After Ellis stomps upstairs, we get a brief scene with the two unnamed folks glimpsed in the last panel above (presumably they’re both his employees, though only the woman is given a defined job; she’s his secretary), as they wonder aloud what’s put a bug up the boss’ ass. The secretary ultimately decides to go up and confront Harlequin before things get altogether out of hand:
The scene now shifts back to Black Canary and Green Arrow, as we get a reference to a JLA meeting — presumably, the same one we saw on the first two pages, where these two members were conspicuous by their absence — which only serves to point out the absurdity of the satellite/transporter set-up as currently established. If GA and BC are already late, and they still have to travel from Los Angeles to New York before they can beam up to JLA HQ… then I’m not sure it’s really worth them even making the effort, y’know?
The preceding scene is an odd one. Its only purpose seems to be to insert the two JLAers into Ellis’ “current story” — but since they’re almost immediately transported to a completely different, seemingly unrelated locale (as we’re about to see), and since the little curio shop is never seen again afterwards, it ultimately feels entirely superfluous.
As the story shifts to assume the perspective of Harlequin Ellis, the second-person narration is resumed — though this time “you” are Ellis, rather than Black Canary.
Taking his cue from the Canary, “Superman” quickly (if reluctantly) locates the other Justice Leaguers with his telescopic vision:
Ellis-as-Superman flies to face the Cyclops in battle — but, despite his best efforts…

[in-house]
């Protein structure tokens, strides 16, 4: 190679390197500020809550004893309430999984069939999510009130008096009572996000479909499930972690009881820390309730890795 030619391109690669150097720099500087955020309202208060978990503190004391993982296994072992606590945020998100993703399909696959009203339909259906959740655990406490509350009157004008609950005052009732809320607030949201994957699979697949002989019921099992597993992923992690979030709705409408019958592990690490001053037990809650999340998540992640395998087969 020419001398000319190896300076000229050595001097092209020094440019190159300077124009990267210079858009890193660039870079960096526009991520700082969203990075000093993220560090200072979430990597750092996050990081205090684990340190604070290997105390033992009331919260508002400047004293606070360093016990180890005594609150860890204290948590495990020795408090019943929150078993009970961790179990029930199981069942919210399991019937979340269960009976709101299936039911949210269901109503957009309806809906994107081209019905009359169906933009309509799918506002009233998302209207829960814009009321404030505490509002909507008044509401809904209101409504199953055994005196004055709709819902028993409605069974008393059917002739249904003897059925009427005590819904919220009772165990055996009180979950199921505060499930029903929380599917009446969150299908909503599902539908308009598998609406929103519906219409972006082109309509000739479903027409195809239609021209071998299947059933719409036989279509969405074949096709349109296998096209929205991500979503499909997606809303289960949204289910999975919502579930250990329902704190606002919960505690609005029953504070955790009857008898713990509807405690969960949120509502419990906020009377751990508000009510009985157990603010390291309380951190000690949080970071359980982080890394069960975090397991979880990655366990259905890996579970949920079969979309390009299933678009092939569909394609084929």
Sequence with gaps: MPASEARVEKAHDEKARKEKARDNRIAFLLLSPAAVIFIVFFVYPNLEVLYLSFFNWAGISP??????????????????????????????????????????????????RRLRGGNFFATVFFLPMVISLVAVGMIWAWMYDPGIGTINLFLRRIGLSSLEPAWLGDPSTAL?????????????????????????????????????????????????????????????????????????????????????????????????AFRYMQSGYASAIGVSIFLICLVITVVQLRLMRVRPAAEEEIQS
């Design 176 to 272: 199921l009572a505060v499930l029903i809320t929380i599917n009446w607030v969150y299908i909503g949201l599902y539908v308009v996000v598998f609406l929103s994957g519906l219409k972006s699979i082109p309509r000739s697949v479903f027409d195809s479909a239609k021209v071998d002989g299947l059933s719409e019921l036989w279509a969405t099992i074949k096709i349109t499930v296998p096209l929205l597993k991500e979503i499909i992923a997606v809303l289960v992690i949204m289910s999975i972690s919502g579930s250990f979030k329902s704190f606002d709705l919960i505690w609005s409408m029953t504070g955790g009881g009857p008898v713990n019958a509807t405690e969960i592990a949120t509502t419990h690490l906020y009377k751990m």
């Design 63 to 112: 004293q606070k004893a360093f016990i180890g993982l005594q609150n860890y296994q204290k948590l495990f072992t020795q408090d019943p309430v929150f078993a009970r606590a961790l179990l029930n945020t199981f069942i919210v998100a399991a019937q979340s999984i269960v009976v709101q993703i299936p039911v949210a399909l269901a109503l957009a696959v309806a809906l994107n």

“…I’m shattered… like a glass goblet…” Poetic phrasing, even if slightly more prosaic than its inspiration — the title of another Ellison short story.
“Shattered Like a Glass Goblin” was originally published in 1968; a horror tale dealing with drug abuse, it was nominated for a Nebula Award in 1069, but didn’t win. (Another Ellison work nominated that same year, however — “A Boy and His Dog” — won in the Best Novella category.) While it admittedly has nothing to do with Friedrich’s JLA story, thematically speaking, the reference would have been easily recognizable to the young writer’s fellow Ellison-heads.
Again, a shift in the focus of the second-person narration, as “you” once more become Dinah Drake Lance, aka Black Canary:
What, you thought Ellis would have learned his lesson after what happened to “Aquaman”? Pshaw. We’ve still got seven pages of story left to fill, folks. Not to mention a certain cover-made promise about the reader getting a turn being Batman…
Green Arrow quickly fires off a shot, but his arrow harmlessly bounces off the Minotaur’s super-tough hide. Black Canary is about to rush to his aid, but then…
“Batman” first staggers the mythological creature with a blow, then, when it charges, plays toreador:
I suppose that Ellis’ imagination is so terrific, he can precisely emulate Batman’s learned skills just as well as he can Superman’s innate super-powers. Or something like that.
Um, I don’t have to tell you what tune from a classic 1969 rock opera the Derrick’s house band is covering here, do I? I didn’t think so.